Tuesday, September 29, 2015

MnDOT conducts aerial photography near communities in northern Minnesota

BEMIDJI, Minn. – The Minnesota Department of Transportation will conduct aerial mapping of several locations in northern Minnesota this fall. This work must be conducted after the leaves have fallen off of the trees and before any snow has fallen.

Weather permitting; work will begin in early October in the following locations:

·         Erskine- Highway 2
·         Halstad- Highway 75
·         Northome- Highway 1
·         Saint Hilaire- Highway 32
·         Warren- Highway 1/75
·         Warroad- Highway 11

The mapping will create a record of existing infrastructure and landscape along MnDOT right of way for transportation planning and operations. To take the photos, crews place an “X” on the ground as a reference point for the aerial photographer.

“Crews paint large white ‘X’ targets on paved surfaces” said Dan Domeier, MnDOT Land Surveyor. “For unpaved locations they use a wood panel target. A survey crew then records the coordinate position and elevation of these targets, and provides that information to the aerial photography company.”

The wood panel targets are temporary and will be removed when the photography is completed. MnDOT requests that landowners not remove or disturb the targets until the photography is completed.

If a target must be moved, please contact MnDOT District 2 survey staff at 218-755-6533 or by email at Daniel.Domeier@state.mn.us.

Monday, September 28, 2015

Hunters: Blaze orange clothing required

With Minnesota’s small game hunting season underway, conservation officers (CO) with the Minnesota Department of Natural Resources report some hunters not wearing required blaze orange clothing.
“The blaze orange requirement is for safety,” said CO Marty Stage of Ely. “One hunter said that he wasn’t very far from his home, to excuse him from needing blaze orange.”

Making a blaze orange fashion statement this fall might not get you on the best-dressed list, but it just might save your life.

“Wearing blaze orange clothing is a safety requirement to hunt or trap during Minnesota’s small game season or firearms deer season,” said Jon Paurus, DNR enforcement education program coordinator. “It’s important to be seen by others.”
Small game seasons: At least one visible article of clothing above the waist must be blaze orange when taking small game, except when hunting migratory birds from a blind or on the water, wild turkeys, raccoons or predators, when hunting by falconry, when trapping (outside deer seasons) or when hunting deer by archery while stationary.

Deer season: The visible portion of at least one item of a cap and one item of outer clothing above the waist, excluding sleeves and gloves, must be blaze orange when hunting or trapping during any open season where deer may be taken by firearms (including special hunts, early antlerless, youth seasons and muzzleloader). Blaze orange includes a camouflage pattern of at least 50 percent blaze orange within each square foot.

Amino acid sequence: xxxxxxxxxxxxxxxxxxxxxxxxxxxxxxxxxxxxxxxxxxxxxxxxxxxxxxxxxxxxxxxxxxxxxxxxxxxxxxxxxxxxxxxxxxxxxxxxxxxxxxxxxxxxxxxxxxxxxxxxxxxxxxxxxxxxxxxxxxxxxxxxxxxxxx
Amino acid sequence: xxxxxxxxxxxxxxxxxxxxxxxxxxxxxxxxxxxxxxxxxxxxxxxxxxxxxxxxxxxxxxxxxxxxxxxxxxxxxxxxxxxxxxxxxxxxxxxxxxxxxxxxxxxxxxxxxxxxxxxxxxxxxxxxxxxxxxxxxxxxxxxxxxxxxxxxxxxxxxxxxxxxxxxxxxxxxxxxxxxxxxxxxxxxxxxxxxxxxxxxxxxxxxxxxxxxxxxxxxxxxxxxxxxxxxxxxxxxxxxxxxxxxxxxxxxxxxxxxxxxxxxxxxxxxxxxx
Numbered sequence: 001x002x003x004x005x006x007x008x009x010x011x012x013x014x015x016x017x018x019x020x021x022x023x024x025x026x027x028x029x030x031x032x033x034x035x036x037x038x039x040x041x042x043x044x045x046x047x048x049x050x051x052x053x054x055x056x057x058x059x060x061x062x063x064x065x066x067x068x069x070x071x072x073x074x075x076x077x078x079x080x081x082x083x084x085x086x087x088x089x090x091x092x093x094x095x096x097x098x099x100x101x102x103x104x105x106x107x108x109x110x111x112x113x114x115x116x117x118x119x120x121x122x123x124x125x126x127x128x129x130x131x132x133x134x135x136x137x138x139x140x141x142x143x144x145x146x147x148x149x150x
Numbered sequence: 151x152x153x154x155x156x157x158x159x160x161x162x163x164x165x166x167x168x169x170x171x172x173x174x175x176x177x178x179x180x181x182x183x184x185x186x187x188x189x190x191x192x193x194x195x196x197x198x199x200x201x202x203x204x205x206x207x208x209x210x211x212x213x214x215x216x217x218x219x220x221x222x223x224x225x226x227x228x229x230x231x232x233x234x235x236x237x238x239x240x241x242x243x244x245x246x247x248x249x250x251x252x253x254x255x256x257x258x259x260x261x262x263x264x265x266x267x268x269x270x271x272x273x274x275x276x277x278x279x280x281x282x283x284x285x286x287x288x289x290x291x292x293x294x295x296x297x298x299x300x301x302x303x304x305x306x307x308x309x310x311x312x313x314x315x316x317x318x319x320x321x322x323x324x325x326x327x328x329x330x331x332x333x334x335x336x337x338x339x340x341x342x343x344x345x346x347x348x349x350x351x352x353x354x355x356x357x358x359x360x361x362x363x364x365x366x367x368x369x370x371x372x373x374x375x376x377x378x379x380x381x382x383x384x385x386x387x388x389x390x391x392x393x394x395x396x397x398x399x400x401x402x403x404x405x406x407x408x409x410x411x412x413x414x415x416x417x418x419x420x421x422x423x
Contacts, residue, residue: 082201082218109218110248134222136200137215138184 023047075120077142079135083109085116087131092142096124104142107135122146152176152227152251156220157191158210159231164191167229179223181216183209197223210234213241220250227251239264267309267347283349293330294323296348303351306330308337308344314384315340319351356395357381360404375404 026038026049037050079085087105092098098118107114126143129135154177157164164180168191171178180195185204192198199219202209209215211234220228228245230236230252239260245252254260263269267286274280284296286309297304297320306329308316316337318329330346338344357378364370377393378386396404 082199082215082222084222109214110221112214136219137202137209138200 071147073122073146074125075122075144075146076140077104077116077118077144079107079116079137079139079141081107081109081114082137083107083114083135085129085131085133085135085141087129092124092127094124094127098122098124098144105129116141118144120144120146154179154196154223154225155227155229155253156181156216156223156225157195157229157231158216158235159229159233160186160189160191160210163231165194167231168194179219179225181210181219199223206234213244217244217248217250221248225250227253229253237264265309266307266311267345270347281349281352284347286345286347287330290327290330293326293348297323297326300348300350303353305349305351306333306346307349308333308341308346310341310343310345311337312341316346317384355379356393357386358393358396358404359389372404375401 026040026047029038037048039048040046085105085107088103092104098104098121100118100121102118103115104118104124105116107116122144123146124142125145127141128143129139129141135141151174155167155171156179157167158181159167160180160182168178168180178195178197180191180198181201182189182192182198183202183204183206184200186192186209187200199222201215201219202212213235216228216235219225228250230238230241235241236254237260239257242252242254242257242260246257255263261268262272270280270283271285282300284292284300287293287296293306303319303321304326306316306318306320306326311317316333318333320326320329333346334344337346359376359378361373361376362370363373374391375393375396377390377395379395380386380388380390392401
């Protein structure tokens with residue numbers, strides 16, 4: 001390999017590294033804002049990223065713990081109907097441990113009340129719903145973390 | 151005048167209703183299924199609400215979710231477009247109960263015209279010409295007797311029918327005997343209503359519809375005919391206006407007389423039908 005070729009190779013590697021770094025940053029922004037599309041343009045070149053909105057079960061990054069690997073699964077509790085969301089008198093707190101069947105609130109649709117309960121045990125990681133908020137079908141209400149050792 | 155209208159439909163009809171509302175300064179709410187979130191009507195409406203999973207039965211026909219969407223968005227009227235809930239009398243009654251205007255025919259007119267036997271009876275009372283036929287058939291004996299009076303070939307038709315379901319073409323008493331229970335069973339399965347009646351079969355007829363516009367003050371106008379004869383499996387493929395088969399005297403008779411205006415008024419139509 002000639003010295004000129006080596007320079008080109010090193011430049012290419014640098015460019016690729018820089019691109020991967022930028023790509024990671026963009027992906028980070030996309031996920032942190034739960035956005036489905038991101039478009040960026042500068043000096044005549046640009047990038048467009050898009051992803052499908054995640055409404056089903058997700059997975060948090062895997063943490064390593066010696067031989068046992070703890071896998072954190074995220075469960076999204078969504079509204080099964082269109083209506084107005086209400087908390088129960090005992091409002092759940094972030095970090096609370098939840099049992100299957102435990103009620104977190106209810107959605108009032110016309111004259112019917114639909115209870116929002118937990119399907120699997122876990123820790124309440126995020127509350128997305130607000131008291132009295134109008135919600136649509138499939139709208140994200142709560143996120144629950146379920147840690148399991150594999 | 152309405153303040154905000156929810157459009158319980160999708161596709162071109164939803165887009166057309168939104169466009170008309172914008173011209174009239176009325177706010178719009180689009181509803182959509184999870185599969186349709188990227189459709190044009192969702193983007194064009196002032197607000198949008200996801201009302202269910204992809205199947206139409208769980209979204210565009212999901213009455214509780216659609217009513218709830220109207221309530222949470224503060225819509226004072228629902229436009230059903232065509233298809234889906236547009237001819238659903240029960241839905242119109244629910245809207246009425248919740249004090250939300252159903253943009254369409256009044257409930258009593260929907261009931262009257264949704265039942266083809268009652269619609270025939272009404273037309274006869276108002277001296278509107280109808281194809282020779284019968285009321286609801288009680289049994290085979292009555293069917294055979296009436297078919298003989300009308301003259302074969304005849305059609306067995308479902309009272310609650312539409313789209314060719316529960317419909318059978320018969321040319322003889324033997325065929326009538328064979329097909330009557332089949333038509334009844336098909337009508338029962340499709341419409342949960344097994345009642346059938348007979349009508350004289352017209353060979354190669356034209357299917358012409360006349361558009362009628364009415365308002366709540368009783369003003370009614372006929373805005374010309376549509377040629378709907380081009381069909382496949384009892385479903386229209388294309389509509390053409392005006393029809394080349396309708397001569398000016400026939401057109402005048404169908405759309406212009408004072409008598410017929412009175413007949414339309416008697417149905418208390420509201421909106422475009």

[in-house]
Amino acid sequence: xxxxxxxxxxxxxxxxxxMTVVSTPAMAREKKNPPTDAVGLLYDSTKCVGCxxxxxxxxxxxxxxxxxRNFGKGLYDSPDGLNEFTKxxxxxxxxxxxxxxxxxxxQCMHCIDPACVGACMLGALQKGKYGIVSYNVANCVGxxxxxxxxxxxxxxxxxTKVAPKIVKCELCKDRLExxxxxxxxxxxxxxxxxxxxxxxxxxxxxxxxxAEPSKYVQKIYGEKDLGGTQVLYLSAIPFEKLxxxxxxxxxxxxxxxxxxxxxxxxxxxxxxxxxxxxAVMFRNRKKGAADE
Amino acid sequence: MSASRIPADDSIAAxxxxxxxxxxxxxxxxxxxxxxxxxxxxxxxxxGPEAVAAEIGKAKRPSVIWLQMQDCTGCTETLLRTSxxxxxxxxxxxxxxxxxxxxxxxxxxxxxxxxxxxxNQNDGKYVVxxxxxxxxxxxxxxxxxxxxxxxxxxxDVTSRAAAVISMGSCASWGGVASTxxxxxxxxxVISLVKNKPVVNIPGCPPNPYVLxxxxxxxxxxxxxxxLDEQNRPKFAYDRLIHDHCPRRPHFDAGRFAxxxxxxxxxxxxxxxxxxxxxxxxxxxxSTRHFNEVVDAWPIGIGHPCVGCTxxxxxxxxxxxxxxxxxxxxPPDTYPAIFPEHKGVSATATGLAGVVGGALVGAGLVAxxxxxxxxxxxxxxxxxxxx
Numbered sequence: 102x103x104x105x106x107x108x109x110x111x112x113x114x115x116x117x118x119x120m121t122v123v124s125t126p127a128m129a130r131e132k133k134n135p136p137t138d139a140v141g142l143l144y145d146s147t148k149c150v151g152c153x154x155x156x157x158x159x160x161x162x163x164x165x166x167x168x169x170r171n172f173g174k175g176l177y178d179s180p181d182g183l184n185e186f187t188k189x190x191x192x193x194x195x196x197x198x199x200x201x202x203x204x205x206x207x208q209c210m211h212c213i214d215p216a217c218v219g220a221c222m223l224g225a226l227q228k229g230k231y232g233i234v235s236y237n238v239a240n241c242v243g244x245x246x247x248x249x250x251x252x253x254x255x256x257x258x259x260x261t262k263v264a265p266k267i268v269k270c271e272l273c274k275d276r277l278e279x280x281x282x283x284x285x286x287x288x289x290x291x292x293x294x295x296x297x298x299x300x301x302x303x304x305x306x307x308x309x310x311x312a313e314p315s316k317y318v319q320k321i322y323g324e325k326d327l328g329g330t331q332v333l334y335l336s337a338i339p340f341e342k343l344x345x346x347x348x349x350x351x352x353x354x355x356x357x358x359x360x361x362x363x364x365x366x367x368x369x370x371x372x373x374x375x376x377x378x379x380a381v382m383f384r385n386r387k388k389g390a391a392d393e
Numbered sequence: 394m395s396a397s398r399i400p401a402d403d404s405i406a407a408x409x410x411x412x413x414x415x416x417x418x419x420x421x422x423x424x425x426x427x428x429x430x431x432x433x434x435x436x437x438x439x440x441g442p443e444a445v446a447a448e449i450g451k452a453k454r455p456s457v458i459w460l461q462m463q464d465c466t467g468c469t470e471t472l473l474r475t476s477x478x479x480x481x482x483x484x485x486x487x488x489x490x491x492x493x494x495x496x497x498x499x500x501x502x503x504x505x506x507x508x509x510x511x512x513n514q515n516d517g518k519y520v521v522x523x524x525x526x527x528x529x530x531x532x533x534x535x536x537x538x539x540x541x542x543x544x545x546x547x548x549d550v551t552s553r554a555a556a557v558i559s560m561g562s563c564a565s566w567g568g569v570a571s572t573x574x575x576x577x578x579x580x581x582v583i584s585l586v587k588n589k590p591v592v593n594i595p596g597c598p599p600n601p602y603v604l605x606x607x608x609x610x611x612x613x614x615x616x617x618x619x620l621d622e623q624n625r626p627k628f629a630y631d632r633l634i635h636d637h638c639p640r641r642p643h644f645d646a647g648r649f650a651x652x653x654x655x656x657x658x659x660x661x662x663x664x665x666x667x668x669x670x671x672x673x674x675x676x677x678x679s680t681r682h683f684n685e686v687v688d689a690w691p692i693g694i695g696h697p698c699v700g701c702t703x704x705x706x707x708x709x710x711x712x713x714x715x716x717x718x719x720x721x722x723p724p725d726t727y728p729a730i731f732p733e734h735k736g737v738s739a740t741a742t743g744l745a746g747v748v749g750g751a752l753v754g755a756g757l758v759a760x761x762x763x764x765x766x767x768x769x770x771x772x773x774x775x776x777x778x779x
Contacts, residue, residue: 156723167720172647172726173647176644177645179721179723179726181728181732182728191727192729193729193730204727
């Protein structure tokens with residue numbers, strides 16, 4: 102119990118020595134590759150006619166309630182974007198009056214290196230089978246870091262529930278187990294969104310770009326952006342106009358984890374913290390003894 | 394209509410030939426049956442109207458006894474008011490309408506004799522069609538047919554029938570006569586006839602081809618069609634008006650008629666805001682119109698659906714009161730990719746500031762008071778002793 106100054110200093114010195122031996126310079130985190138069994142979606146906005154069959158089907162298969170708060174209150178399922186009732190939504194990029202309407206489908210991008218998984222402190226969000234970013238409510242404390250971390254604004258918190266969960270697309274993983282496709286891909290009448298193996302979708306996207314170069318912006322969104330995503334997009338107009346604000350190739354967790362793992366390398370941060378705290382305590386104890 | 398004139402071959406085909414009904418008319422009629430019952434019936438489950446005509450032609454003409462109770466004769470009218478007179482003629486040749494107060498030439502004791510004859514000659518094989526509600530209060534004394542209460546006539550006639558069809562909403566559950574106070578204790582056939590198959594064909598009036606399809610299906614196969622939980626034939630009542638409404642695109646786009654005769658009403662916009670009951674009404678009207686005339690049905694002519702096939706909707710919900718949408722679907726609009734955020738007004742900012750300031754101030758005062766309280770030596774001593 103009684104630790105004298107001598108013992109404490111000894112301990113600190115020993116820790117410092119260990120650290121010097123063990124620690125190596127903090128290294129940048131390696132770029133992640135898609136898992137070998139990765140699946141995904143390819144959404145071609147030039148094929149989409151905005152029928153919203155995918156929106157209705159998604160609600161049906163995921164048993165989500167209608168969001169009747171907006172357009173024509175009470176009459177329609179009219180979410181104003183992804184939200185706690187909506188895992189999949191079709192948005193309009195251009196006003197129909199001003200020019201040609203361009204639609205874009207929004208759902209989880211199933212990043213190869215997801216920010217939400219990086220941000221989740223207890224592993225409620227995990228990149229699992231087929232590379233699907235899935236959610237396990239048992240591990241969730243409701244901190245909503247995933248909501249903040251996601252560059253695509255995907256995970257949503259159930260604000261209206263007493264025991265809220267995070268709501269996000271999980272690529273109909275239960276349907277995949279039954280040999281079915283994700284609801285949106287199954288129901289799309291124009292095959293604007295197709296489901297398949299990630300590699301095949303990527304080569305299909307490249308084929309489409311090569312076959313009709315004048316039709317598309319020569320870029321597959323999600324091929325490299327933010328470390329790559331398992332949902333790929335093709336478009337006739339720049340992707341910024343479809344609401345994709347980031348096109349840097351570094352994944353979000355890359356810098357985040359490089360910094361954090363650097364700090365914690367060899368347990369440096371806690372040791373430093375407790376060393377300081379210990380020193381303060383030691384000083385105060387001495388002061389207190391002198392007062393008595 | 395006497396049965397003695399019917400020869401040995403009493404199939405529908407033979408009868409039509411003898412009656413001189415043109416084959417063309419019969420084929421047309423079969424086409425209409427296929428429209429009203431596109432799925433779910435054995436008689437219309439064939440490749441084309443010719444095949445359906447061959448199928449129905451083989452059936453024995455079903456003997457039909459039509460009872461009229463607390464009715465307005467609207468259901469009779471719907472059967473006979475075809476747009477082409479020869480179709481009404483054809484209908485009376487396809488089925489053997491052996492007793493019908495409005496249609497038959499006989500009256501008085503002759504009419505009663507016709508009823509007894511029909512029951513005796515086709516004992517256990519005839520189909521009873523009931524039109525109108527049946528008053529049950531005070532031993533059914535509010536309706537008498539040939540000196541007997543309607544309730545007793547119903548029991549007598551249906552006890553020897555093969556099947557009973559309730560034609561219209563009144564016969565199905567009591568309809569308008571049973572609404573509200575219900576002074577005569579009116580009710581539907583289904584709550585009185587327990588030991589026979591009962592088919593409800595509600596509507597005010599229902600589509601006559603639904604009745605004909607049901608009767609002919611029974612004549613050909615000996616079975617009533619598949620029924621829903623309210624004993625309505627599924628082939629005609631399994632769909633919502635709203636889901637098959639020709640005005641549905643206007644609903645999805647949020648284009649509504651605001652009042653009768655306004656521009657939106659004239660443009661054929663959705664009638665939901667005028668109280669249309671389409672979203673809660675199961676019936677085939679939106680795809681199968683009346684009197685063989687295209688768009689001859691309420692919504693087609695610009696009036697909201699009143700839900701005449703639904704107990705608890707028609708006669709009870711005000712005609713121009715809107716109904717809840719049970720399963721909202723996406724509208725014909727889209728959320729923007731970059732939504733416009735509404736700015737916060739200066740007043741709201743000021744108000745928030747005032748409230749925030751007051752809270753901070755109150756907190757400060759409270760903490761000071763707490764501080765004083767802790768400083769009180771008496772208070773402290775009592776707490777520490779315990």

“The failure to wear to wear blaze orange puts a hunter in jeopardy of not being seen by someone who does not take the time to properly identify their target and what’s beyond it,” Paurus said.

Paurus recommends faded blaze orange garments be replaced.

“Blaze orange clothing is a tremendous aid in helping hunters maintain visual contact with one another, particularly when moving through dense cover or woods,” Paurus said. “Any hunter who has ever identified someone strictly by seeing blaze orange knows its value in keeping track of other hunters in the field, especially in low light conditions.”

For those who use ground blinds, Paurus said to remember to place some blaze orange on the outside of the blind for others to see.

Some safety tips for non-hunters:
  • Wear bright clothing. Choose colors that stand out, like red, orange or green, and avoid white, blacks, browns, earth-toned greens and animal-colored clothing. Blaze orange vests and hats are advisable.
  • Be courteous. Don’t make unnecessary noise to disturb wildlife. Avoid confrontations.
  • Know the dates of hunting seasons. Learn about where and when hunting is taking place.

Avoid deer-vehicle crashes this fall


Most deer-vehicle crashes statewide occur from September through January, according to the Minnesota Department of Natural Resources.

The combination of fewer daylight hours with the increased movement of deer due to mating season and hunting season increases the risk of collisions between deer and vehicles.

Though most people would expect these crashes to be more likely in rural areas, motorists in urban areas also need to watch out for these dangerous — and sometimes deadly — accidents involving deer.

Use these driving tips to help avoid collisions with deer:
  • See the signs: Deer-crossing signs are posted in high-risk areas. Drive with caution, especially in the posted areas.
  • Deer often run together: If one deer is near or crossing the road, expect that others may follow.
  • Danger from dusk to dawn: Watch for deer especially at dawn and after sunset. About 20 percent of these crashes occur in early morning, while more than half occur between 5 p.m. and midnight.
  • Safety begins behind the wheel: Always wear safety belts and drive at safe, sensible speeds for road conditions.